On the other hand, in recent years, there have been multiple studies that have reported a lack of association between marijuana use and cardiovascular disease. The Coronary Artery Risk Development in Young Adults (CARDIA) study is a longitudinal, multicenter, cohort study that examined the development of cardiovascular disease in young men aged 18–30 years old. The study population consisted of young, healthy adults who were followed for 25 years. The results showed no evidence to suggest that cumulative lifetime or recent marijuana use changes the risk of future cardiovascular events in middle age. One explanation for these results could be the low lifetime dose of marijuana in the study participants. The typical participant smoked less than one cigarette per day and quit in early adulthood, which is not the behavior that we currently observe in marijuana users [72]. Quantifying the dose and frequency of marijuana use continue to pose a great challenge and often complicates the comparison of different studies.

7. Cardiac Arrythmias

Cardiac arrythmias and palpitations have been reported in the setting of marijuana use, with the incidence of arrythmias increasing by two-fold in users [13]. Heavy marijuana users have a greater risk of developing palpitations compared to lighter users, with daily users having a relative risk of 2.2 (95% CI, 1.6–3.3; p-value < 0.0001) compared to a relative risk of 1.4 (95% CI, 1.1–1.9; p-value < 0.006) in occasional users [73]. A retrospective review of nearly 2.5 million patients in the National Inpatient Sample database found that 2.7% of marijuana users experienced arrythmias, with atrial fibrillation being the most common subtype [74]. Korantzopoulos et al. reported an average age of 24 years old for patients experiencing cannabis-induced arrythmias, with all cases experiencing atrial fibrillation shortly after smoking marijuana [75]. The most common arrythmia found in a study done by Kariyanna et al. was atrial fibrillation (26%), followed by ventricular fibrillation (22%). A Brugada pattern was also reported in 19%; the inhibitory effects of THC on sodium and potassium channels may explain Brugada pattern that is induced by marijuana use [76]. The study also reports death occurring in three cases due to ventricular fibrillation and sudden cardiac death. Additionally, the all-cause hospital mortality of cannabis users with arrythmias increased from 3.7% to 4.4% from the year 2010 to 2014 [13].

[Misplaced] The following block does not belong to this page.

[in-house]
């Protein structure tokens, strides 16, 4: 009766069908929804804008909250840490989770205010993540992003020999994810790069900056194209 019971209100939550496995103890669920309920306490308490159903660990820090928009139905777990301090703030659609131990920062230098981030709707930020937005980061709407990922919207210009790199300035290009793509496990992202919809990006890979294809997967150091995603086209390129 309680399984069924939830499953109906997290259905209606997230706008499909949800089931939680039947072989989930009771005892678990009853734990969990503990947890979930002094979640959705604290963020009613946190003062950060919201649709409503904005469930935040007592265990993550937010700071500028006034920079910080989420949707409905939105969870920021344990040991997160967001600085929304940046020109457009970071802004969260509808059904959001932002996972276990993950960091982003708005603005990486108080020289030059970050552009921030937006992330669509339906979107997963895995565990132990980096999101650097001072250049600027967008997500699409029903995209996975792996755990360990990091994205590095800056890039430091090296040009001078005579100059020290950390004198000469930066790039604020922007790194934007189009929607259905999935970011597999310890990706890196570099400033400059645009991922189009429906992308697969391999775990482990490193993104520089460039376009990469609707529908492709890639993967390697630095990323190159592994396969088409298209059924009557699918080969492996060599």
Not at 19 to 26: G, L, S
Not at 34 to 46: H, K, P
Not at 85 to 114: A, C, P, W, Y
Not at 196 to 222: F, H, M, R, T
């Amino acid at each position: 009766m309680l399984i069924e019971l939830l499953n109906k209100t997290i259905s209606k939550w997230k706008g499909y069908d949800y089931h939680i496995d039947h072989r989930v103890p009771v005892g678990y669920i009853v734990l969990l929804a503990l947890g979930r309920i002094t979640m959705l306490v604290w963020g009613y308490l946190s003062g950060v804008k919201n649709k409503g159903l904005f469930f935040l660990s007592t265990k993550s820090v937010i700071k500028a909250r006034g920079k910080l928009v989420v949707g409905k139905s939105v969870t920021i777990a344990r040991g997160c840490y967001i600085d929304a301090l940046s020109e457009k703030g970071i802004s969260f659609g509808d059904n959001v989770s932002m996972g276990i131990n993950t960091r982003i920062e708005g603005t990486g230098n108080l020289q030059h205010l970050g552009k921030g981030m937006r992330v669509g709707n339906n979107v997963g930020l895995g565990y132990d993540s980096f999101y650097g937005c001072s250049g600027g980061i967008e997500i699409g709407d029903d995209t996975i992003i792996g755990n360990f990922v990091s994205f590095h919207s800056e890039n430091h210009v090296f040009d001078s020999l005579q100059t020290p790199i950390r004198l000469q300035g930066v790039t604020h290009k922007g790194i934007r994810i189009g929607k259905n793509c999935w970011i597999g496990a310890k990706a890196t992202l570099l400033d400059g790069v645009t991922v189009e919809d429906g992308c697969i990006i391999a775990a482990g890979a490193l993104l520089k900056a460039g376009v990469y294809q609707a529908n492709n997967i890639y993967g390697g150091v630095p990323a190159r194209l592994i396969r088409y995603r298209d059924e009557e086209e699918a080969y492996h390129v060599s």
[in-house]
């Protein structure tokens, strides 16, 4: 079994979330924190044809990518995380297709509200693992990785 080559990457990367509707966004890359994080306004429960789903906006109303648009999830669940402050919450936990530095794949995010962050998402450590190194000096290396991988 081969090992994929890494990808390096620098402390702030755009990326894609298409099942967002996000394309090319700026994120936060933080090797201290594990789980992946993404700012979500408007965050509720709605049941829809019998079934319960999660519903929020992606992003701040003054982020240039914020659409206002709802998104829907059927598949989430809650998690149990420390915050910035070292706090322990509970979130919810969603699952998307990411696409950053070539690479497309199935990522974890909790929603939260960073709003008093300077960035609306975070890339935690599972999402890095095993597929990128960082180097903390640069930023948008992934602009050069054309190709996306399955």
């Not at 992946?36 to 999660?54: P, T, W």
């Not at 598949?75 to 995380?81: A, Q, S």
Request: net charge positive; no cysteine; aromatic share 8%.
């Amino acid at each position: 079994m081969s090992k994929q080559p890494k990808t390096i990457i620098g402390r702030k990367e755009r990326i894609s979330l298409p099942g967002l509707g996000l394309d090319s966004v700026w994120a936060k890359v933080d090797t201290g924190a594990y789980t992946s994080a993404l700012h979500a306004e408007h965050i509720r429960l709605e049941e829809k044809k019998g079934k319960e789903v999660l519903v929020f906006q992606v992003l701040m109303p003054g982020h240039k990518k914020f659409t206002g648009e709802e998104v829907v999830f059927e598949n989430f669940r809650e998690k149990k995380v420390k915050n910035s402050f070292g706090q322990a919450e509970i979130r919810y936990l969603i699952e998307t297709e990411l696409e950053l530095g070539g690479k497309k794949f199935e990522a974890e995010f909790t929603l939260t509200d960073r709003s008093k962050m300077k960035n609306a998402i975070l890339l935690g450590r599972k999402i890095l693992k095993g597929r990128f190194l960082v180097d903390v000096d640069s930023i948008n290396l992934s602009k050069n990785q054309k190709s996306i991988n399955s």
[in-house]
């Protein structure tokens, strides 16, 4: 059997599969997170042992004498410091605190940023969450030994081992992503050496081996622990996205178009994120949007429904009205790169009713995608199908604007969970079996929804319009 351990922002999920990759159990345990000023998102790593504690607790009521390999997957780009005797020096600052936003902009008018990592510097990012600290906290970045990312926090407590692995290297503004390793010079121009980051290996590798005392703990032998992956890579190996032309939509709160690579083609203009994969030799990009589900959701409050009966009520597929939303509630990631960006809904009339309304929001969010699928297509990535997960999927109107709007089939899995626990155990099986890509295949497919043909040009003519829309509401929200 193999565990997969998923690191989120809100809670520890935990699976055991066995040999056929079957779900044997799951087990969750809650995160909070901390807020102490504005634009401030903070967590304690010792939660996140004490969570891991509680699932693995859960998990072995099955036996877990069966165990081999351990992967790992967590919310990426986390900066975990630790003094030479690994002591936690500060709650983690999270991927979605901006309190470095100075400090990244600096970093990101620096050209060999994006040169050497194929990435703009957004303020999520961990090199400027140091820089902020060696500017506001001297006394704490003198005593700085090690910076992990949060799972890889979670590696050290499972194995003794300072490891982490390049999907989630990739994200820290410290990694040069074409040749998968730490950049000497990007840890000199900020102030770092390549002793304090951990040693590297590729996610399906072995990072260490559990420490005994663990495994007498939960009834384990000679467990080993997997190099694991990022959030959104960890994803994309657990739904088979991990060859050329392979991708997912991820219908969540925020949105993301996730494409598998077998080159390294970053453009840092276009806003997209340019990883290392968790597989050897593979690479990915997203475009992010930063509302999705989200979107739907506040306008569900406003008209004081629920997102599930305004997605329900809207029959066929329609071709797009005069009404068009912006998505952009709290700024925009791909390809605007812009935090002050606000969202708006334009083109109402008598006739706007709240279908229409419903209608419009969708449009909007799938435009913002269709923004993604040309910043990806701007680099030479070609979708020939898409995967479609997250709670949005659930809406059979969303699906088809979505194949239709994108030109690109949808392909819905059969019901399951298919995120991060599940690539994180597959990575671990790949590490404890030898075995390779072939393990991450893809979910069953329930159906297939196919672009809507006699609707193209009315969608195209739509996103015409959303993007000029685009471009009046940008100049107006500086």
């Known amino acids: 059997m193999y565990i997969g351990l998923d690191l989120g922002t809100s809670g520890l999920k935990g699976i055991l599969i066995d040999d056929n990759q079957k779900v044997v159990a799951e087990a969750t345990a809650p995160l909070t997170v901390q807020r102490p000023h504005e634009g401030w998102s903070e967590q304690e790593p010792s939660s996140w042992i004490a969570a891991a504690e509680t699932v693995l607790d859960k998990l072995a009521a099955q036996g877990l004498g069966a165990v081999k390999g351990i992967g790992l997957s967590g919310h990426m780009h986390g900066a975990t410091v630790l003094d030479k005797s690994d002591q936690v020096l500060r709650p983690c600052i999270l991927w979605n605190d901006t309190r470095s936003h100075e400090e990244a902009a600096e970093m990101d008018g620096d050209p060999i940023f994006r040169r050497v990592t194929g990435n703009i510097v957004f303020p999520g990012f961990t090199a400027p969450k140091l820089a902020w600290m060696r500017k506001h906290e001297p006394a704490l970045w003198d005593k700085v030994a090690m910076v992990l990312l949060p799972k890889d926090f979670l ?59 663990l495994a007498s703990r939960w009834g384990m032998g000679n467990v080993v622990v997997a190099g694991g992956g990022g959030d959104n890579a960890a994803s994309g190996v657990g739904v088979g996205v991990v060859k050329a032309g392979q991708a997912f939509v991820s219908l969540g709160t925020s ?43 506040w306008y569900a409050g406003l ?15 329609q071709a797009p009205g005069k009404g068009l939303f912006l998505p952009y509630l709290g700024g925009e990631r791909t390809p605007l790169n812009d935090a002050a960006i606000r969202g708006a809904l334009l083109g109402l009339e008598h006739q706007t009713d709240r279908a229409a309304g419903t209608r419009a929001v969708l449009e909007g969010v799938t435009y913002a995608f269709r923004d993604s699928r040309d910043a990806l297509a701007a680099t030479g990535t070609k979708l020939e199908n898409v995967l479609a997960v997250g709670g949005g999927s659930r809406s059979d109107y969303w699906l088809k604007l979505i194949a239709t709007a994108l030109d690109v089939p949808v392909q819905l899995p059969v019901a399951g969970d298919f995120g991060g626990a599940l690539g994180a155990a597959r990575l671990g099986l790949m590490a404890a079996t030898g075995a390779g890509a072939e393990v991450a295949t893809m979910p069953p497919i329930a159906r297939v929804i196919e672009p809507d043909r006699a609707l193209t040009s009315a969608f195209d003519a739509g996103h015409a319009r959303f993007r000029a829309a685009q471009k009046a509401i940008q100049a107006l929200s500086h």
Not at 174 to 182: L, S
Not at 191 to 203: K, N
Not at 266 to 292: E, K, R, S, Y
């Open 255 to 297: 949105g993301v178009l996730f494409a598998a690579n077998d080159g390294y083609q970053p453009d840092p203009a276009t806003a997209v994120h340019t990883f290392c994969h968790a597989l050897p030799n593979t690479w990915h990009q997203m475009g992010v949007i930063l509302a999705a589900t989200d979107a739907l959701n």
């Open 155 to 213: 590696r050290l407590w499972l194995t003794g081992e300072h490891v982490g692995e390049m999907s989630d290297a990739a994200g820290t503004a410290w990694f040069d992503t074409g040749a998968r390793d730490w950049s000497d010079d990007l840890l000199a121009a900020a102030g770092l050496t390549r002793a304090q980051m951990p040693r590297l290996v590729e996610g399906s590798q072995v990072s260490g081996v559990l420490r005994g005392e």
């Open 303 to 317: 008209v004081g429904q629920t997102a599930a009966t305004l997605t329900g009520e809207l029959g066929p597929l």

The rhythm disturbances reported with marijuana include sinus tachycardia, ectopic atrial or ventricular rhythm, and atrial or ventricular fibrillation. Most authors attribute these tachyarrhythmias to a hyperadrenergic state after marijuana use [6]. Adrenergic stimulation causes a reduction in action potential duration and results in a microreentrant tachycardia [68]. It has been reported that marijuana might be the sole precipitating factor for atrial fibrillation in individuals younger than 45 years old with a recurrence of atrial fibrillation occurring repeatedly after every exposure [6]. For patients with difficult-to-control atrial fibrillation, inquiring about marijuana use might prove to be more beneficial than other methods aiming to control it.
Marijuana use has also been implicated in premature ventricular contractions (PVCs), p and T wave changes, and reversible ST segment changes [68]. The authors in a study done by Beaconsfield et al. had volunteers who smoked marijuana placed on simultaneous EKG monitoring systems, which showed a decreased amplitude of the p waves following consumption, suggesting an atrial abnormality [21]. Miller et al. later studied the effects of THC administration on patients and found the development of frequent PVCs, which disappeared in 15 min after stopping the THC infusion. They concluded that THC decreases the sinoatrial (SA) conduction time and atrioventricular (AV) conduction time, after also noting a decrease in the AV nodal refractory period [77]. The reduction in the atrial refractory period could result in a reentrant mechanism of atrial fibrillation [68]. In a case report, Khouzam et al. postulated that PVCs could be related to a slow coronary flow phenomenon in a marijuana user. In these cases, counseling the patients to abstain is the goal to control PVCs and subsequently prevent recurrent tachyarrhythmias [78].
Cases of ventricular arrythmias have also been reported, which are hypothesized to be secondary to excessive catecholamine release [68]. In an autopsy study done by Bachs et al., they found THC to be the only drug present in the postmortem serum samples of six young adults with ages ranging from 17 to 43 years old who presented with sudden death shortly after marijuana use [79]. In another case report by Rezkalla et al., a 34-year-old man who presented with syncope after marijuana use was found to have ventricular tachycardia and a significant reduction in coronary blood flow. After placing the patient on verapamil and the cessation of marijuana use, coronary blood flow normalized and the tachycardia was no longer inducible. The authors attributed the results to marijuana impacting the activity of the Purkinje fibers by altering the coronary microcirculation [80]. The mechanism of ventricular arrythmia induction by THC is unclear; however, it is possibly related to the sympathetic stimulation following marijuana use resulting in tachycardia.